Govt draws flak for bid to control news sitesThe International Federation of Journalists (IFJ) has expressed serious concerns over the government’s directives to regulate online media stating that some provisions in the ‘Online Media Operation Directive 2016’ undermine press freedom and the freedom of expression in Nepal.
The International Federation of Journalists (IFJ) has expressed serious concerns over the government’s directives to regulate online media stating that some provisions in the ‘Online Media Operation Directive 2016’ undermine press freedom and the freedom of expression in Nepal.
The government approved the directives on Tuesday with provisions to disrupt the services of online news sites on arbitrary decisions of the Department of Information.
The conditions under which the DoI can order the blocking of a website include failure to register and renew the website; publication of materials deemed illegal or immoral or ‘without authoritative source or creating misconceptions among the public’.
“The directives are an attempt to impose censorship in media and the government’s effort to control media,” said Ajay Babu Shiwakoti, general secretary of Nepal Press Union, an IFJ affiliate. “The provision to disrupt services contradicts the Constitution of Nepal which states that no media shall be disrupted.”
Issuing a statement on Friday, the IFJ urged the government to suspend the directive. “The power to impose arbitrary blocking of the news website goes against the established principles of press freedom and online freedom,” read the statement.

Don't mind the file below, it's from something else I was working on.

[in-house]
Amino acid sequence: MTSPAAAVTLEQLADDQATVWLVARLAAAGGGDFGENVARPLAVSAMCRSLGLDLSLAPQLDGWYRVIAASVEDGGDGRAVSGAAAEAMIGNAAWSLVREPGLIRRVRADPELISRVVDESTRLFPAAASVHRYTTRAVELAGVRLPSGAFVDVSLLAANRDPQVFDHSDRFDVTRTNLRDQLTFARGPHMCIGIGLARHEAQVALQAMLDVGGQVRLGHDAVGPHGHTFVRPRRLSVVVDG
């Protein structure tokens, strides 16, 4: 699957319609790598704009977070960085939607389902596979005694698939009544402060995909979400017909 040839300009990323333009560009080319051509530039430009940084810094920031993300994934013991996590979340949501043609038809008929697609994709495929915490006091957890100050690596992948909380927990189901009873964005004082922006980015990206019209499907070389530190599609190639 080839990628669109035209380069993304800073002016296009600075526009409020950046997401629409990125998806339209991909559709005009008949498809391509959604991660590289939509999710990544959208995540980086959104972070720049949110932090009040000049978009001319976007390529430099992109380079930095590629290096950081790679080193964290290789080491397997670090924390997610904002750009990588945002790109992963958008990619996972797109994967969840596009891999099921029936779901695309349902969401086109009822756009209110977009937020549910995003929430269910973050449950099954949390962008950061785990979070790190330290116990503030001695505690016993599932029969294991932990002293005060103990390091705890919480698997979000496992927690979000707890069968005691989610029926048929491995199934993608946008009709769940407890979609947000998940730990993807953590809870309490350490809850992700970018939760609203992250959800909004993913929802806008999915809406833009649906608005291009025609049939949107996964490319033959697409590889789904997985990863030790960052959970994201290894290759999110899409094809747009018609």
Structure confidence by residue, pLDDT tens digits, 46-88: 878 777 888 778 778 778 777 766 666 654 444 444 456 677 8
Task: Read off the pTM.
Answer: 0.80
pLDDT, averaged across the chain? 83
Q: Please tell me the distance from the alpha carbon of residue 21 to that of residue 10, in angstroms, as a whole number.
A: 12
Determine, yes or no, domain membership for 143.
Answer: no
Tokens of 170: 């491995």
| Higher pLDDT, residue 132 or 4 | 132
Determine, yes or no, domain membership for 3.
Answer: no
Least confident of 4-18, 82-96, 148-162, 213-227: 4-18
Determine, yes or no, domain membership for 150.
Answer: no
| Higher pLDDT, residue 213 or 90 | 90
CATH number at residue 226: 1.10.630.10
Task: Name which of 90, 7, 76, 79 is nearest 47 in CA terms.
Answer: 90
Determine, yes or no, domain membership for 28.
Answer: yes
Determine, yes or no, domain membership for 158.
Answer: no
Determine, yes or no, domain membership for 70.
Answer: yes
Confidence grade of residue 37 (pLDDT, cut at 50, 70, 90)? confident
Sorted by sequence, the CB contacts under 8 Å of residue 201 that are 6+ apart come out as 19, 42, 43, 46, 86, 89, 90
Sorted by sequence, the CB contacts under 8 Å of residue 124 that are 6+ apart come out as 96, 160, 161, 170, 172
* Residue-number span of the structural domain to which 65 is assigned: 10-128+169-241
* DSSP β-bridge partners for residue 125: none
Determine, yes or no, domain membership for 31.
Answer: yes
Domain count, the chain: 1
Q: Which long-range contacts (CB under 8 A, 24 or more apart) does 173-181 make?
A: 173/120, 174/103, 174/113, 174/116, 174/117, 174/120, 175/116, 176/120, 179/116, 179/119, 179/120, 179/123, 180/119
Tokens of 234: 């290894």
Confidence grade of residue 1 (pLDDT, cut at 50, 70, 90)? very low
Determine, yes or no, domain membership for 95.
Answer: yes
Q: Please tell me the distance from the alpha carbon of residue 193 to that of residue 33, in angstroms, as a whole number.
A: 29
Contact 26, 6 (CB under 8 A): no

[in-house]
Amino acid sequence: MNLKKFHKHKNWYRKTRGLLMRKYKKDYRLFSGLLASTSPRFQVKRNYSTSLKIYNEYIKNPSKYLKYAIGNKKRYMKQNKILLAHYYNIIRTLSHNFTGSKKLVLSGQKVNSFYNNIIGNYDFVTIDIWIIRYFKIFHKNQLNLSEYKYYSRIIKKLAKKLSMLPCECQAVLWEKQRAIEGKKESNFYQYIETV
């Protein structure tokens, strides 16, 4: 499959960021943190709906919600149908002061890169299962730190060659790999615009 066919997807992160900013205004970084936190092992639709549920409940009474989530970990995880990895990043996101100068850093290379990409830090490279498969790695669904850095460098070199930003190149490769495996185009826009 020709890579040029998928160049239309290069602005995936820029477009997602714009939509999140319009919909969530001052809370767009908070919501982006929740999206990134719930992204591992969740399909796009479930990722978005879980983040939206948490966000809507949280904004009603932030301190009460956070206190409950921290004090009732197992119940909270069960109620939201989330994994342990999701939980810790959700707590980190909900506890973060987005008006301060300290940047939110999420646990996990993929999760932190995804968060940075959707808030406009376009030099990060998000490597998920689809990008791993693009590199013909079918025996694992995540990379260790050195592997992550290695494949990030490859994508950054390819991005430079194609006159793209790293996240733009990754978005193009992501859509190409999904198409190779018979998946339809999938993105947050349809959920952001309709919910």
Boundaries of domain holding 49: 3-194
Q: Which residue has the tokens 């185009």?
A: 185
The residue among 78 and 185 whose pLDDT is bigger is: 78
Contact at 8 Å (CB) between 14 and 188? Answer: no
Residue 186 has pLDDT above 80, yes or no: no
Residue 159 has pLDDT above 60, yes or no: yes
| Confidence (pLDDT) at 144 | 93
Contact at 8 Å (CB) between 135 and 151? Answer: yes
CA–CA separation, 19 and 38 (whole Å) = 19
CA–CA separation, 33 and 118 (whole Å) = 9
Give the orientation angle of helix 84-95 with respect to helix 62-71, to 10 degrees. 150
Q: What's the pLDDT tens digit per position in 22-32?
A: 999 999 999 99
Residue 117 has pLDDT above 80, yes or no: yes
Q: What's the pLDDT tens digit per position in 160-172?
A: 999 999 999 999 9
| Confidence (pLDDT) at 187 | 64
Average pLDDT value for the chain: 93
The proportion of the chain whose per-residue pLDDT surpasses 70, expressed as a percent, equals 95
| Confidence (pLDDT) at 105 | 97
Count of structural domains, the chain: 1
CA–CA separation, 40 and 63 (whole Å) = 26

“The IFJ believes that any laws or regulations that empower blocking are autocratic in nature and should be immediately withdrawn. The IFJ urges the Nepal government to suspend the directives and work out standard regulations to facilitate growth of online media in Nepal with concrete discussions with stakeholders.”
The Freedom Forum said the provisions breach the freedom of expression on internet and the right to the operation of online media in a free atmosphere.
“The provision of blocking websites undermines freedom of expression. If online media are found breaching laws, they should not be blocked but the laws related to right to privacy, defamation, contempt of court and others can be applied,” said Taranath Dahal, chairperson of Freedom Forum.
Dahal added that the government should not silence media until they pose clear and immediate risk. “Some provisions in the directive are quite unclear,” he said.
At a time when online media are gradually becoming quick, convenient and the major source of information to the people living even in remote areas of the country or outside, the government’s “dictatorial move undoubtedly tries to silence such new media”, said the Forum.